Quality of life of older adults who use social care support and their unpaid carers

Juliette Malley, Stacey Rand (2015)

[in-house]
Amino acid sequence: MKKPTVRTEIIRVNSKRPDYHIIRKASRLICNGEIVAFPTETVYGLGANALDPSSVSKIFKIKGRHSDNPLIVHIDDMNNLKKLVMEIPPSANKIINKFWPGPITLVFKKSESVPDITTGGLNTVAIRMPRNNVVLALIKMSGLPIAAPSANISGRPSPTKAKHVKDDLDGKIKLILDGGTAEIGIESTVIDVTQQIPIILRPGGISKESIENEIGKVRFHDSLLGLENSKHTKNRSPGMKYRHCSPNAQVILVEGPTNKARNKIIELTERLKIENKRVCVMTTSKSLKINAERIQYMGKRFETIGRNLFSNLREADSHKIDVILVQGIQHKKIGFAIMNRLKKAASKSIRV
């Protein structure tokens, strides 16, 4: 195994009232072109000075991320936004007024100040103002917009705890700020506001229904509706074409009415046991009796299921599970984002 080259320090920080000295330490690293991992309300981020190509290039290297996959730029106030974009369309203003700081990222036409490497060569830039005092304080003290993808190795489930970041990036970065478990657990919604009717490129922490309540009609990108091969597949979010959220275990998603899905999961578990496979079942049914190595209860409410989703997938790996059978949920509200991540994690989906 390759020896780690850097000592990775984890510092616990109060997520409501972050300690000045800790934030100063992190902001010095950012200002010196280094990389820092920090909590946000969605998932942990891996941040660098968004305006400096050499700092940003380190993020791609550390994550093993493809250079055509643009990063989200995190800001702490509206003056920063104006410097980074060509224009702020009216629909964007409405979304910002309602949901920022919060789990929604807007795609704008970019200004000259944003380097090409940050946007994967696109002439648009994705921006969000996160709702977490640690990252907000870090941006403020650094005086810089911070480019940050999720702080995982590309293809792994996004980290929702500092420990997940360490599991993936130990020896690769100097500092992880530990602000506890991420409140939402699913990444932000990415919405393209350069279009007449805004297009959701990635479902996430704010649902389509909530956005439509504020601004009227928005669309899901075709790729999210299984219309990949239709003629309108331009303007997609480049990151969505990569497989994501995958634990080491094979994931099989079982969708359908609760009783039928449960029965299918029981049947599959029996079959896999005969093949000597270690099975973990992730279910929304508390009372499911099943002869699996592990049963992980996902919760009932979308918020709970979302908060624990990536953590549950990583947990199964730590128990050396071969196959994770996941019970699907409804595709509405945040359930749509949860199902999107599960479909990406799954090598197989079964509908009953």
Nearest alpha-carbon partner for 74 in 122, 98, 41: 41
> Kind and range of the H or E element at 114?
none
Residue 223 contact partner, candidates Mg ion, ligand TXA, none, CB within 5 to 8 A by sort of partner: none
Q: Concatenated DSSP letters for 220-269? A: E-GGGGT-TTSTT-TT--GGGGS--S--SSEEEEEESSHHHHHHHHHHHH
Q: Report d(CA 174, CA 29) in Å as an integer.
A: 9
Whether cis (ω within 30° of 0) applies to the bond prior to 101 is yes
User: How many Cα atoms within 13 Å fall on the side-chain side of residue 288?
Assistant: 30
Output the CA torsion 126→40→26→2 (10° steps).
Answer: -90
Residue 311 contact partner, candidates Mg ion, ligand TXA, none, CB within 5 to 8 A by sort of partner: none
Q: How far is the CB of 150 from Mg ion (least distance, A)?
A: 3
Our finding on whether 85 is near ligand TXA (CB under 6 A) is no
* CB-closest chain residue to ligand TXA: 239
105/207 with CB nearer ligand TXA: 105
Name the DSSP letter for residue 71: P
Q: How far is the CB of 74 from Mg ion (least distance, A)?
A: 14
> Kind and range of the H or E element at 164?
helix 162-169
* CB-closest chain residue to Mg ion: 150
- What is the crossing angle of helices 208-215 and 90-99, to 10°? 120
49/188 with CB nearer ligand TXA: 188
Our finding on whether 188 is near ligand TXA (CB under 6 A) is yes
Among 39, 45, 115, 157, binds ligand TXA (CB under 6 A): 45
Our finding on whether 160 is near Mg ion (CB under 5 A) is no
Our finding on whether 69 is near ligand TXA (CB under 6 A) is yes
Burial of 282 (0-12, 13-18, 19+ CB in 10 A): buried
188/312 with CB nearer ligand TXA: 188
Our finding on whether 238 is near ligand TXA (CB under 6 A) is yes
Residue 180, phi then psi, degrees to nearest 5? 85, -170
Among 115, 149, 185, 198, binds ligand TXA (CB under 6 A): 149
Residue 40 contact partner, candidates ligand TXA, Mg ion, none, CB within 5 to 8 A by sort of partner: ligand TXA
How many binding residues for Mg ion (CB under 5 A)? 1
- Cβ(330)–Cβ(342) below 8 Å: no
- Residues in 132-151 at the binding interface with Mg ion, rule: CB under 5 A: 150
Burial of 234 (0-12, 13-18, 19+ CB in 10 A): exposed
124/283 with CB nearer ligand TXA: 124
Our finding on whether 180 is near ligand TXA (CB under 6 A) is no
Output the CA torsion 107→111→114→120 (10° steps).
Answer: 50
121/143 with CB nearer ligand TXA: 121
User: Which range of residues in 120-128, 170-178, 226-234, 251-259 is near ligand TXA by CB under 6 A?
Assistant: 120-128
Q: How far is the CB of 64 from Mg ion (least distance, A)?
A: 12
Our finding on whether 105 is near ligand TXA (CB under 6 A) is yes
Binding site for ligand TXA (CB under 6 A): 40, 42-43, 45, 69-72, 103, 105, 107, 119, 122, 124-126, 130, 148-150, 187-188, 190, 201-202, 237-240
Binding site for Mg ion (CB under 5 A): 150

A key outcome of community-based social care for older adults (e.g. home or domiciliary care, day centre activities, personal budgets etc.) is to support individuals to maintain or improve quality of life. Although the evaluation of social care interventions, practice or policy may use quality of life outcomes to estimate the effectiveness or cost-effectiveness of services, there are few studies that explore the impact of social care on both the person receiving care or support and their unpaid carer(s). An understanding of the relationships between service user and carer quality of life outcomes would support the planning of policy, service provision and social care practice to incorporate a broader view of the impact and effectiveness of social care services. This study draws on data from a survey of older adults who use community-based social care support and their primary unpaid carers. Information was collected on socio-demographic, environmental, survey administration and social care-related factors that may be associated with care-related quality of life outcomes measured using the Adult Social Care Outcomes Toolkit (ASCOT) and ASCOT Carer interviews (INT4). Preliminary multivariate regression analysis will be presented to identify the key factors associated with the impact of social care support on quality of life of older adults, carers and older adult/carer dyads. These relationships will be discussed in light of their implications for social care policy and practice.